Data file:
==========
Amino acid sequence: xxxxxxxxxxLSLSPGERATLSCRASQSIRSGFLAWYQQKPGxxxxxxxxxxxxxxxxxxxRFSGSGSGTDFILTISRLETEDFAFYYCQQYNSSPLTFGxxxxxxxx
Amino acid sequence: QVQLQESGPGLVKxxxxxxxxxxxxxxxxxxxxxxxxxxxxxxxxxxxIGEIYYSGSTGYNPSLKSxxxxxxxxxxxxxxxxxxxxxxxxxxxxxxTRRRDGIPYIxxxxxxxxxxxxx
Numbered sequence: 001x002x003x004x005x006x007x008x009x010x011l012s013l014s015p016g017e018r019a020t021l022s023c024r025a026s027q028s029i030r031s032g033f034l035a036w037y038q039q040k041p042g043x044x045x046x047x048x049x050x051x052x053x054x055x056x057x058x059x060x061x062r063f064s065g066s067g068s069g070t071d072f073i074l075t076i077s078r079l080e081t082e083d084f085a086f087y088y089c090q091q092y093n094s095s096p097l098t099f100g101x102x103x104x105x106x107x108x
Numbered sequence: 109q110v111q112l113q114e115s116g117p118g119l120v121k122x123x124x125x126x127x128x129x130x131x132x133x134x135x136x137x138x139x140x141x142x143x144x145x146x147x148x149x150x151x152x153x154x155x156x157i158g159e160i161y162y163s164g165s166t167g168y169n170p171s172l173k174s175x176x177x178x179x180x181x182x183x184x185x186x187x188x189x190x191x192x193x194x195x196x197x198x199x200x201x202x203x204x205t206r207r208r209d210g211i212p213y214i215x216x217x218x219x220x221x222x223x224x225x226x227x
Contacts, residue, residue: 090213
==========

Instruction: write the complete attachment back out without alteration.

Amino acid sequence: xxxxxxxxxxLSLSPGERATLSCRASQSIRSGFLAWYQQKPGxxxxxxxxxxxxxxxxxxxRFSGSGSGTDFILTISRLETEDFAFYYCQQYNSSPLTFGxxxxxxxx
Amino acid sequence: QVQLQESGPGLVKxxxxxxxxxxxxxxxxxxxxxxxxxxxxxxxxxxxIGEIYYSGSTGYNPSLKSxxxxxxxxxxxxxxxxxxxxxxxxxxxxxxTRRRDGIPYIxxxxxxxxxxxxx
Numbered sequence: 001x002x003x004x005x006x007x008x009x010x011l012s013l014s015p016g017e018r019a020t021l022s023c024r025a026s027q028s029i030r031s032g033f034l035a036w037y038q039q040k041p042g043x044x045x046x047x048x049x050x051x052x053x054x055x056x057x058x059x060x061x062r063f064s065g066s067g068s069g070t071d072f073i074l075t076i077s078r079l080e081t082e083d084f085a086f087y088y089c090q091q092y093n094s095s096p097l098t099f100g101x102x103x104x105x106x107x108x
Numbered sequence: 109q110v111q112l113q114e115s116g117p118g119l120v121k122x123x124x125x126x127x128x129x130x131x132x133x134x135x136x137x138x139x140x141x142x143x144x145x146x147x148x149x150x151x152x153x154x155x156x157i158g159e160i161y162y163s164g165s166t167g168y169n170p171s172l173k174s175x176x177x178x179x180x181x182x183x184x185x186x187x188x189x190x191x192x193x194x195x196x197x198x199x200x201x202x203x204x205t206r207r208r209d210g211i212p213y214i215x216x217x218x219x220x221x222x223x224x225x226x227x
Contacts, residue, residue: 090213